Forensic engineers hope to stabilize the building by installing 50-100 piles to bedrock at a cost of $100-$150 million. Joe Montana has joined the class-action lawsuit.
Lessons for Smaller Multi-Family Builders The number of recent colossal multi-family structural failures is cause for concern. These high-profile well-funded developments have the best engineering teams, immense scrutiny by building authorities, and highly skilled builders. The examples cited were total losses due to seemingly simple causes, such as using an improper foundation depth, corrosion protection, or rebar orientation.
Builders often mistakenly believe that building envelope/water penetration deficiencies represents their greatest risk. Water penetration can be problematic, but rarely represents liability to the extent of structural failures. As cited, major unsafe structural failures are often newsworthy, reputation damaging, expensive to repair, and can result in a total loss of the building. If failures happen to buildings of this magnitude, think of the risk for much smaller projects with limited budgets.
For example, smaller buildings may lack a geotechnical investigation. A geotechnical investigation significantly decreases the risk of foundation failure. However, if the builder selects the least conservative foundation option proposed by the engineer, then there is an increased risk of failure. Smaller buildings may also lack budgets for critical construction inspections. The best design can result in an unsatisfactory structure if poorly built. Inspections improve the chances for compliance with plans and specifications. Lastly, smaller builders may neglect to purchase commercial general liability insurance, and insurance-backed new home structural warranties.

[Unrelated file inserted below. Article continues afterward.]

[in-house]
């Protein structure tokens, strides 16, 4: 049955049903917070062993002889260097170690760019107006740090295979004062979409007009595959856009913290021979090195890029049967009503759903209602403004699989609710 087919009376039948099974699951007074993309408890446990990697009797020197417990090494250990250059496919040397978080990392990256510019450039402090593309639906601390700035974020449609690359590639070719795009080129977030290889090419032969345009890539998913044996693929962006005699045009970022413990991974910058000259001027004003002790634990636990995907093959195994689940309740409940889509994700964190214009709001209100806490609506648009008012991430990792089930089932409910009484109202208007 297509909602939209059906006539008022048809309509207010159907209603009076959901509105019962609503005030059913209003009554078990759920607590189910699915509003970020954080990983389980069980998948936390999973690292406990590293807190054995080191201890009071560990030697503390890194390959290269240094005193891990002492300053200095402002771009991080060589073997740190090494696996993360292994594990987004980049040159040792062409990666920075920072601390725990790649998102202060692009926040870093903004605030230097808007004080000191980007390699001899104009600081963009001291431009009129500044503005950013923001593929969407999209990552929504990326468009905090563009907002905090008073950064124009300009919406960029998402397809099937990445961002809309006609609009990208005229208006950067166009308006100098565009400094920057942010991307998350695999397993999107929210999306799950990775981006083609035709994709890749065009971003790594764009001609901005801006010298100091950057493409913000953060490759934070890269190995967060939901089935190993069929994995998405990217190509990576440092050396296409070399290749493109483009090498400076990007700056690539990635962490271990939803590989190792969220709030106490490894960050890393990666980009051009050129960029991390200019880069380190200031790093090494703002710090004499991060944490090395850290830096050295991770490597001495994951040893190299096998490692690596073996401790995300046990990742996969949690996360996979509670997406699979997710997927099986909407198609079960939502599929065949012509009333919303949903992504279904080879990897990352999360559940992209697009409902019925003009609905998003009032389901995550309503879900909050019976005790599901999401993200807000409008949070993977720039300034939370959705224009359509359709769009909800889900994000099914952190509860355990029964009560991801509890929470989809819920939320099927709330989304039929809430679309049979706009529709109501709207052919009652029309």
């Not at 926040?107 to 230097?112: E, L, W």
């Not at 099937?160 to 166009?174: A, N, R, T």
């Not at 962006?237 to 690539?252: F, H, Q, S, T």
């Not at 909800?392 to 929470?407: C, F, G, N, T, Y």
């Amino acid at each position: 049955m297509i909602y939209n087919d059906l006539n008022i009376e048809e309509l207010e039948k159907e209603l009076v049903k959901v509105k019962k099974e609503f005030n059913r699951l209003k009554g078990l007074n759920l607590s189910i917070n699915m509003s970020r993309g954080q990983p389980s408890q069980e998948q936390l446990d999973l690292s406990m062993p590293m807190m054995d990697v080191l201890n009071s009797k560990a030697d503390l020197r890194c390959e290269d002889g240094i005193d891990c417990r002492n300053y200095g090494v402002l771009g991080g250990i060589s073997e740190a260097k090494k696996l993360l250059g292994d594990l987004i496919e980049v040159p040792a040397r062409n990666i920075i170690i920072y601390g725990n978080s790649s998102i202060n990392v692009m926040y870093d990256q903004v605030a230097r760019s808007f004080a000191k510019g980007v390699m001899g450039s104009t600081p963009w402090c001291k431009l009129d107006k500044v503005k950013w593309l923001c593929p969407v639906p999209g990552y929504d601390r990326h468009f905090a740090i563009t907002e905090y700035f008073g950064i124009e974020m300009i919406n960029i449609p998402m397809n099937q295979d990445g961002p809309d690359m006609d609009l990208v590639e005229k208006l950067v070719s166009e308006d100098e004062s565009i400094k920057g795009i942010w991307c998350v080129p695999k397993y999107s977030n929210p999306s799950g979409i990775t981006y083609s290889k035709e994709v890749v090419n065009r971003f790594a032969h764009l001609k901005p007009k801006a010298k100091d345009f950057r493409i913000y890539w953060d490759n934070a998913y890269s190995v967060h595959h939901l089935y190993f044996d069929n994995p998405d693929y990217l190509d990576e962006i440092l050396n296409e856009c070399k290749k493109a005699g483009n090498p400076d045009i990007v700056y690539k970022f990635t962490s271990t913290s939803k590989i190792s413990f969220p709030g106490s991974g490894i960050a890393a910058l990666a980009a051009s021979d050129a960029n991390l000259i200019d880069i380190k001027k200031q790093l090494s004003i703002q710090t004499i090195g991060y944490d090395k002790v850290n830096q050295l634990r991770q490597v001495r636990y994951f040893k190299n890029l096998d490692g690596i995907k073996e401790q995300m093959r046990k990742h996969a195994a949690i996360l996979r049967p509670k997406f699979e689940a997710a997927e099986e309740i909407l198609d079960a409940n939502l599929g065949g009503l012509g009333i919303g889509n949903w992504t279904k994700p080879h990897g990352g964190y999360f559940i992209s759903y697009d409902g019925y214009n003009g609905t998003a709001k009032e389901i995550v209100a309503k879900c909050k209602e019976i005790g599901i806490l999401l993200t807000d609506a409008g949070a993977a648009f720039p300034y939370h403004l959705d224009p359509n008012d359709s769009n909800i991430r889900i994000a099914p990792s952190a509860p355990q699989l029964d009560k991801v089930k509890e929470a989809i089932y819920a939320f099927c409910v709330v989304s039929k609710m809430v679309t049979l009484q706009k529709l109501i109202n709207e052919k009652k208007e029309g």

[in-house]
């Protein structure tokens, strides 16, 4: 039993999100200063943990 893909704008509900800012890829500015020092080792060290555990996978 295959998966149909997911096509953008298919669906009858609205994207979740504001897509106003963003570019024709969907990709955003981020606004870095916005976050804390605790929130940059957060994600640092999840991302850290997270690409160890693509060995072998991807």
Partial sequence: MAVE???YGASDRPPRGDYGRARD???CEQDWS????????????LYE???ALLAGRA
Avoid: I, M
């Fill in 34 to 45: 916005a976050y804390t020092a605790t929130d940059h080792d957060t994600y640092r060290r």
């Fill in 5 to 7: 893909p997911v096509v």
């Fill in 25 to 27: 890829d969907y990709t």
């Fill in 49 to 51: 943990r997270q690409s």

Multi-family builders can manage their risk of structural failures using the following best practices:
(1) Conduct a geotechnical investigation to explore unknown subsurface conditions, design a cost-effective appropriate foundation, and avoid costly construction delays.
(2) Implement an effective construction Quality Assurance/Quality Control Program to confirm compliance with plans and specifications, utilizing the engineer(s)-of-record and skilled independent inspectors.
(3) Purchase a Commercial General Liability Wrap Policy that includes coverage for all subcontractors, and use subcontractor agreements.
(4) Purchase an insurance-backed, 10-year structural new home warranty with written performance standards and legal binding arbitration.
Your small multi-family building may not have the glitz and glamour to attract buyers the likes of Joe Montana, but the inherent risk for a major structural failure is comparable to much larger buildings. Embracing a few best practices will improve your chances for constructing a building that performs well while managing your risk.
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Mr. Keaveny is the Risk Manager, Underwriting Manager, and Principal Engineer for the leading new home warranty company, 2-10 Home Buyers Warranty. He earned a Bachelor's degree in Geological Engineering and a Masters in Geotechnical Engineering. He is licensed as both a Professional Engineer and a Professional Geoscientist, and has over 30 years of diverse engineering experience. He serves on the Construction Performance Standards Committee for the Texas Association of Builders, and is an invited speaker and author. Mr. Keaveny's work on the subject of structural claims has been published in major newspapers and has drawn international interest.